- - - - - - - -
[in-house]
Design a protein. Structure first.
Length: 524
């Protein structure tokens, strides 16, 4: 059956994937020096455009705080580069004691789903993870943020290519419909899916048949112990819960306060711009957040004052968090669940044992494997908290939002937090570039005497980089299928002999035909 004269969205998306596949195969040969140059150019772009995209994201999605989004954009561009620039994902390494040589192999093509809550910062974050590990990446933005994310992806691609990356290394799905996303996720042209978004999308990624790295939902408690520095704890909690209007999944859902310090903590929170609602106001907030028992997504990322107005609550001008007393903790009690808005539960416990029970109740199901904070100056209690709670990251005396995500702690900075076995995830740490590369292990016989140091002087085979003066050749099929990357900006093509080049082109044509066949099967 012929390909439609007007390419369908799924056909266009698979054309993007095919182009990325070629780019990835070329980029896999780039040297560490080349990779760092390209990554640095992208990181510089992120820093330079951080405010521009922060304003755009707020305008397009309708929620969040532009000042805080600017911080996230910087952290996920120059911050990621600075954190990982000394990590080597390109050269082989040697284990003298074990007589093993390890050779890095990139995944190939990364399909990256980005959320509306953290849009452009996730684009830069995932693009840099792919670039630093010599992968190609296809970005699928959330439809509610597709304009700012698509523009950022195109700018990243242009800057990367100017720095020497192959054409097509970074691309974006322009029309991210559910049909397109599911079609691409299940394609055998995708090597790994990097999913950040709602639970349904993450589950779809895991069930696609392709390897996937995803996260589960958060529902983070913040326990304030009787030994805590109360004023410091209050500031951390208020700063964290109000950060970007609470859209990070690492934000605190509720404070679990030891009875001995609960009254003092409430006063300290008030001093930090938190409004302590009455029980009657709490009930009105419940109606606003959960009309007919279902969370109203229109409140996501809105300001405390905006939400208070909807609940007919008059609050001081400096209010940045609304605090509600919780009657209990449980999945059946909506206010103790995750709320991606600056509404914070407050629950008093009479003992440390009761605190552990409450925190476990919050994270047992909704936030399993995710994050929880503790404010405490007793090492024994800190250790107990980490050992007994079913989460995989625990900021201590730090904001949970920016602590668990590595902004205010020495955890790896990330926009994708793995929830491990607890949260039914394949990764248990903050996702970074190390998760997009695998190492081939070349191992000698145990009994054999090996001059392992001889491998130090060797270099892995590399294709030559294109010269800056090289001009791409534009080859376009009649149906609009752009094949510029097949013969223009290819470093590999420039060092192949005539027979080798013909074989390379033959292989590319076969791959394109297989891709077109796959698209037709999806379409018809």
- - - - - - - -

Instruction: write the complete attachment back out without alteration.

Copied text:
[in-house]
Design a protein. Structure first.
Length: 524
């Protein structure tokens, strides 16, 4: 059956994937020096455009705080580069004691789903993870943020290519419909899916048949112990819960306060711009957040004052968090669940044992494997908290939002937090570039005497980089299928002999035909 004269969205998306596949195969040969140059150019772009995209994201999605989004954009561009620039994902390494040589192999093509809550910062974050590990990446933005994310992806691609990356290394799905996303996720042209978004999308990624790295939902408690520095704890909690209007999944859902310090903590929170609602106001907030028992997504990322107005609550001008007393903790009690808005539960416990029970109740199901904070100056209690709670990251005396995500702690900075076995995830740490590369292990016989140091002087085979003066050749099929990357900006093509080049082109044509066949099967 012929390909439609007007390419369908799924056909266009698979054309993007095919182009990325070629780019990835070329980029896999780039040297560490080349990779760092390209990554640095992208990181510089992120820093330079951080405010521009922060304003755009707020305008397009309708929620969040532009000042805080600017911080996230910087952290996920120059911050990621600075954190990982000394990590080597390109050269082989040697284990003298074990007589093993390890050779890095990139995944190939990364399909990256980005959320509306953290849009452009996730684009830069995932693009840099792919670039630093010599992968190609296809970005699928959330439809509610597709304009700012698509523009950022195109700018990243242009800057990367100017720095020497192959054409097509970074691309974006322009029309991210559910049909397109599911079609691409299940394609055998995708090597790994990097999913950040709602639970349904993450589950779809895991069930696609392709390897996937995803996260589960958060529902983070913040326990304030009787030994805590109360004023410091209050500031951390208020700063964290109000950060970007609470859209990070690492934000605190509720404070679990030891009875001995609960009254003092409430006063300290008030001093930090938190409004302590009455029980009657709490009930009105419940109606606003959960009309007919279902969370109203229109409140996501809105300001405390905006939400208070909807609940007919008059609050001081400096209010940045609304605090509600919780009657209990449980999945059946909506206010103790995750709320991606600056509404914070407050629950008093009479003992440390009761605190552990409450925190476990919050994270047992909704936030399993995710994050929880503790404010405490007793090492024994800190250790107990980490050992007994079913989460995989625990900021201590730090904001949970920016602590668990590595902004205010020495955890790896990330926009994708793995929830491990607890949260039914394949990764248990903050996702970074190390998760997009695998190492081939070349191992000698145990009994054999090996001059392992001889491998130090060797270099892995590399294709030559294109010269800056090289001009791409534009080859376009009649149906609009752009094949510029097949013969223009290819470093590999420039060092192949005539027979080798013909074989390379033959292989590319076969791959394109297989891709077109796959698209037709999806379409018809």